Debt collection law firms are bringing more and more suits annually. Often they institute these lawsuits through sewer service (see links below). They have done this to nearly 100,000 people in New York alone. What should you do if you a debt collection firm sues you?

You Receive a Summons and Complaint?

If you receive a summons and complaint in the mail, don't throw it away. Don't ignore it. You should file and serve (mail to the other side) an Answer. Even if you receive a summons and complaint, keep in mind that the law firm who sued you probably did not properly serve you, likely improperly filed a false affidavit with the court saying that they did serve you and likely has little or no actual evidence to support their case.

Who are These People?

The plaintiff is the one who sued you. In this case a bank or some business who says you owe a debt. The documents they will serve (send to you) to start the suit is called a complaint. A document called a summons must accompany that.

The summons will tell you the court that the lawsuit is in and that you have 20 or 30 days to respond to the complaint.

You are the defendant. You need to respond to each of the allegations in the complaint. You should either admit or deny each paragraph. If you don't answer a particular paragraph, the court will consider that you admitted to that. When a person does not answer the complaint at all, that's a default.

The plaintiff and the defendant are called the "parties." The Complaint and the Answer are called "pleadings."

What Should Go in an Answer?

The Answer has three parts. The first part is your admission or denial of the plaintiff's allegations.

The second part consists of "Affirmative Defenses." These serve as assertions you make, and which you have to prove, that are reasons that the plaintiff is wrong. Some are:

  1. Improper service (see below - you should go to court and ask the clerk for a copy of the affidavit of service. You will often be surprised at what someone swears to a court they did..when they didn't.)
  2. Statute of Limitations (they sued you too late)
  3. Unclean hands (they come to court with "dirty hands" and the court won't let them use the court to vindicate their bad behavior.
  4. Release (you settled the case for a different amount and they can't seek more)
  5. Improper validation (they did not establish that you owe the debt prior to bringing the lawsuit...they don't have even basic proof)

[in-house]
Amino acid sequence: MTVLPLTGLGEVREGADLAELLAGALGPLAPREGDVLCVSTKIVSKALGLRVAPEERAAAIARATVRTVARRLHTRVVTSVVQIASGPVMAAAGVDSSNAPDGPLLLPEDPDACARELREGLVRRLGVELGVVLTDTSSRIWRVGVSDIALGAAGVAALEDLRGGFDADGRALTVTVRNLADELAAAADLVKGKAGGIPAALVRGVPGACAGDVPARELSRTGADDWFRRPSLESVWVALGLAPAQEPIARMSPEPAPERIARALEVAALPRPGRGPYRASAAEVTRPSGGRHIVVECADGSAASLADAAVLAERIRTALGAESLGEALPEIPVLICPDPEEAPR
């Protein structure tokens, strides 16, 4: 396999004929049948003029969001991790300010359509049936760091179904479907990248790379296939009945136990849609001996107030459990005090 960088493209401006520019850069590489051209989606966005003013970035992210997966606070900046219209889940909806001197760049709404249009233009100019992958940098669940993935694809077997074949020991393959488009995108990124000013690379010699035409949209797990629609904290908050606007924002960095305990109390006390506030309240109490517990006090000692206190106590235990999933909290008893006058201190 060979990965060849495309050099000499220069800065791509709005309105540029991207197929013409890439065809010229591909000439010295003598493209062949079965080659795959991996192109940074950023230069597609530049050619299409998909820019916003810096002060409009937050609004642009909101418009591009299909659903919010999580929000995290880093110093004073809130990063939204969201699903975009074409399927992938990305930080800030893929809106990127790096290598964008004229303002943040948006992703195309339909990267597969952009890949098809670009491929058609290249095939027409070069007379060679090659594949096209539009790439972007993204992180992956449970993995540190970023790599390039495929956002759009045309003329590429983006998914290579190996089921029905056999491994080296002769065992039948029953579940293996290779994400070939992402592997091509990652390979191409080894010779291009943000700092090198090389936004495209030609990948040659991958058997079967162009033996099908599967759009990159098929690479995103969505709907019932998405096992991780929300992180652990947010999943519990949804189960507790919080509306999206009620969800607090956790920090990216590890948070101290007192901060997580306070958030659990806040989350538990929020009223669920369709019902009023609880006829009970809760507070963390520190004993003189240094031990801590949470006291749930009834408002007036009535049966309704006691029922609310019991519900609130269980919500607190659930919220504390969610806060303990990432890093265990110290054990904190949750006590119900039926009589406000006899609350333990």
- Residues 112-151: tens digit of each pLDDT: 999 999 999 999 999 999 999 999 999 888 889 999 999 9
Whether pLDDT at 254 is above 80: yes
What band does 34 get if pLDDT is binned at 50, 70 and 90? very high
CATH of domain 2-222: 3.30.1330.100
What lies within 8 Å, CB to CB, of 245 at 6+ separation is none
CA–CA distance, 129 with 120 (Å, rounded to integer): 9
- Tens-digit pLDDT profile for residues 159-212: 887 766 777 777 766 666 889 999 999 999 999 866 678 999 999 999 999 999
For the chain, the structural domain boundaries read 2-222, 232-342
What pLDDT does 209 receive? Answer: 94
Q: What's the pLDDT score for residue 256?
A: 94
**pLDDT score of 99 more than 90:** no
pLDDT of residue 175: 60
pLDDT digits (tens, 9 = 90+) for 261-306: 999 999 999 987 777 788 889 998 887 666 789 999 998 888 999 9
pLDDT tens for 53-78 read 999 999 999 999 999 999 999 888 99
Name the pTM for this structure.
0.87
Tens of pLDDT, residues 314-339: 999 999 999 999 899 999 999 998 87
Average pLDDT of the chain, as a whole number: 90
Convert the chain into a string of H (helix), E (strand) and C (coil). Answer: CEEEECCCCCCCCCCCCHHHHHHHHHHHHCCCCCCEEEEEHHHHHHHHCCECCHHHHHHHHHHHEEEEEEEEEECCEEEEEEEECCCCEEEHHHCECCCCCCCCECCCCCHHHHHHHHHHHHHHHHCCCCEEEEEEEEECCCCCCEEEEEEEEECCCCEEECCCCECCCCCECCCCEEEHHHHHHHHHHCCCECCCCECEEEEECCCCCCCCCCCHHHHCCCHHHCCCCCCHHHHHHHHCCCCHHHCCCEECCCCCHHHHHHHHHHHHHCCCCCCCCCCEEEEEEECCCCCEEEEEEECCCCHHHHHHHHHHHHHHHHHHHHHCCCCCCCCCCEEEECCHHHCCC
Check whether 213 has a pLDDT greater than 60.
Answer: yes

6. I already paid this (be prepared to show proof of payment)

The third section is called Counterclaims. Here you basically sue the plaintiff back. While affirmative defenses act as "roadblocks" to their claims, Counterclaims are you alleging that they did something that makes them owe you money.

Probably the most common is fraud. The special thing about alleging fraud is that you have be fairly specific and demonstrate the following:

  1. A false statement the plaintiff made or a something they knew and did not tell you
  2. You relied on this statement or "non-statement"
  3. That it was reasonable for you to rely on it
  4. They they knew it was false and intended to deceive you
  5. That because of their statement or non-statement, you suffered monetary damages.

If you don't put these specifics, the court can erase (dismiss) your counterclaim.

A Note on Improper Service

There is a procedure that many people don't know about when you say that the plaintiff did not properly serve you. Within 60 days of making that affirmative defense, you have to make a motion (ask the court) to dismiss the case for that reason. If you don't do this, you will waive this argument.

Finally, Where do I Find All of This Information?

The Rules of the Court in New York State are in a book called the Civil Practice Law and Rules, abbreviated CPLR. It will have rules for how you write, how long you have to serve (send) or how long you have to file any pleading. It will tell you how you make motions (See Article 32) You can find the CPLR on line. I have also included a link to the investigations the Attorney General announced into these debt collection law firms and a process server who pleaded guilt to fraud. I have also included a link to the New York Courts and to the Federal Law that governs these items, the Fair Debt Collection Practices Act (FDCPA).

A Final Word

Know your rights. Don't be afraid to fight back. Remember that because they brought the lawsuit, they have to prove that you owe the debt and that you did not pay it. And remember this little secret, it is unlikely they have any documentation to back up their lawsuit anyway.

Always remember that you have right to be heard. Don't let them scare you. Don't let them tell you that you can go to prison or jail for not paying a debt. You can't.